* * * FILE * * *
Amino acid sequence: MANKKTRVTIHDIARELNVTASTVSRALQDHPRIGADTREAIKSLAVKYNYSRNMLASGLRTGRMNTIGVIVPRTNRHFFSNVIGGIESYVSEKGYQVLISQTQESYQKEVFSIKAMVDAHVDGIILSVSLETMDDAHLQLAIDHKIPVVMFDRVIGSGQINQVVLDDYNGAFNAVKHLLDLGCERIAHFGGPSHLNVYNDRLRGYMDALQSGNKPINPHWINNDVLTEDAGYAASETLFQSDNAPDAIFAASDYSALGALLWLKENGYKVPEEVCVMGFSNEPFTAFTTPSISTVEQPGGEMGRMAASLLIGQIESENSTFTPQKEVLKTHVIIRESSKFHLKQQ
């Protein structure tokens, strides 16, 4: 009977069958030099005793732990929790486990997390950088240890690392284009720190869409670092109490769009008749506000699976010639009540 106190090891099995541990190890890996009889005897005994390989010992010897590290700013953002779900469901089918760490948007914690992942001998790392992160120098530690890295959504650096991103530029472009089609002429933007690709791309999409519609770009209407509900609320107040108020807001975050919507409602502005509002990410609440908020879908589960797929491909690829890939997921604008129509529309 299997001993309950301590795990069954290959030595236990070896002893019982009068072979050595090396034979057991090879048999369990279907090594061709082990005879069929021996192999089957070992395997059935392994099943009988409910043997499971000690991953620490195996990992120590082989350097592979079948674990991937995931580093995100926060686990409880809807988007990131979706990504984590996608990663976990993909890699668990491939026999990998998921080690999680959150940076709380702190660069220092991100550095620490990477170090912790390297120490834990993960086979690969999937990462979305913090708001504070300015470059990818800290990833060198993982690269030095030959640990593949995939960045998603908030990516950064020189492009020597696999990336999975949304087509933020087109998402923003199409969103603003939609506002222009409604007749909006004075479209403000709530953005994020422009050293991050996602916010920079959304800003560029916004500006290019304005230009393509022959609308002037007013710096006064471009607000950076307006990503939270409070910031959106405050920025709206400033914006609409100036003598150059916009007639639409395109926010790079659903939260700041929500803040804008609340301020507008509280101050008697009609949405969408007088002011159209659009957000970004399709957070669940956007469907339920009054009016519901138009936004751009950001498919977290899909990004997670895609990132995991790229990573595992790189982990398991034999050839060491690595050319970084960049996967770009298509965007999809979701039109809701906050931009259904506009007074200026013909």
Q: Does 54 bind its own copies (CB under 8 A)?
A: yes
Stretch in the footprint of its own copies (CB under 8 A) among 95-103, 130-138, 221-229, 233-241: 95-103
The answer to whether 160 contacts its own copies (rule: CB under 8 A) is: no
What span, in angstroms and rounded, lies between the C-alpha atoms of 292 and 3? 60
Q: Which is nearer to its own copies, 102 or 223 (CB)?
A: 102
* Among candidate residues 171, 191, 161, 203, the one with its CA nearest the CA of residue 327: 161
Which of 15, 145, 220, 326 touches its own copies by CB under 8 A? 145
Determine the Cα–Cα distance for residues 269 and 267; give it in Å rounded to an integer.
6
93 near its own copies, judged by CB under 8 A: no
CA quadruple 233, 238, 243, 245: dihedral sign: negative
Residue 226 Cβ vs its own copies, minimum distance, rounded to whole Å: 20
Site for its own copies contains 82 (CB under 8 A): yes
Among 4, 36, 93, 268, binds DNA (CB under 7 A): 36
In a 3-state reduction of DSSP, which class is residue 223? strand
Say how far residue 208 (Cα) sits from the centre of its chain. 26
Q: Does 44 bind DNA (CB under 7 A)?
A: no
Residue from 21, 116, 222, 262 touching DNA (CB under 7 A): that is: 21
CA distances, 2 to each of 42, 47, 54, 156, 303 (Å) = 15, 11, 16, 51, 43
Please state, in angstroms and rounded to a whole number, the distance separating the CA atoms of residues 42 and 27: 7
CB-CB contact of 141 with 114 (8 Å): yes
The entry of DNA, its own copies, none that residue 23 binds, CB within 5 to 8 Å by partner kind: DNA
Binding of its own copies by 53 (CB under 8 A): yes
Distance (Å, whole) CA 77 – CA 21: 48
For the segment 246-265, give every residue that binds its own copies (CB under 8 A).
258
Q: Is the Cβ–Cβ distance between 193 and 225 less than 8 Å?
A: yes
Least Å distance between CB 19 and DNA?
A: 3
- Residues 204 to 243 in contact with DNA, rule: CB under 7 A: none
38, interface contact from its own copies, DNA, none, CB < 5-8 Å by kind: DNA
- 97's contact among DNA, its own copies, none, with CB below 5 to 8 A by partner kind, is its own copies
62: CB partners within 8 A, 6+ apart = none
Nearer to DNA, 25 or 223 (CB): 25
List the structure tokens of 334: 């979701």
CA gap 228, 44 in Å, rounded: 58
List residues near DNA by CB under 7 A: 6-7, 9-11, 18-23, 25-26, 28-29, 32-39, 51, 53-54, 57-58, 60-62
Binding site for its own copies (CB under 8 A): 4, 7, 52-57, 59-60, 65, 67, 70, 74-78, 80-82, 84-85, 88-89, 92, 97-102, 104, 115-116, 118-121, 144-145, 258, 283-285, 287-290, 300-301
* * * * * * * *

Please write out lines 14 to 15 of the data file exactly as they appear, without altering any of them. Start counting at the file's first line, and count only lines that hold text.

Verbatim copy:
93 near its own copies, judged by CB under 8 A: no
CA quadruple 233, 238, 243, 245: dihedral sign: negative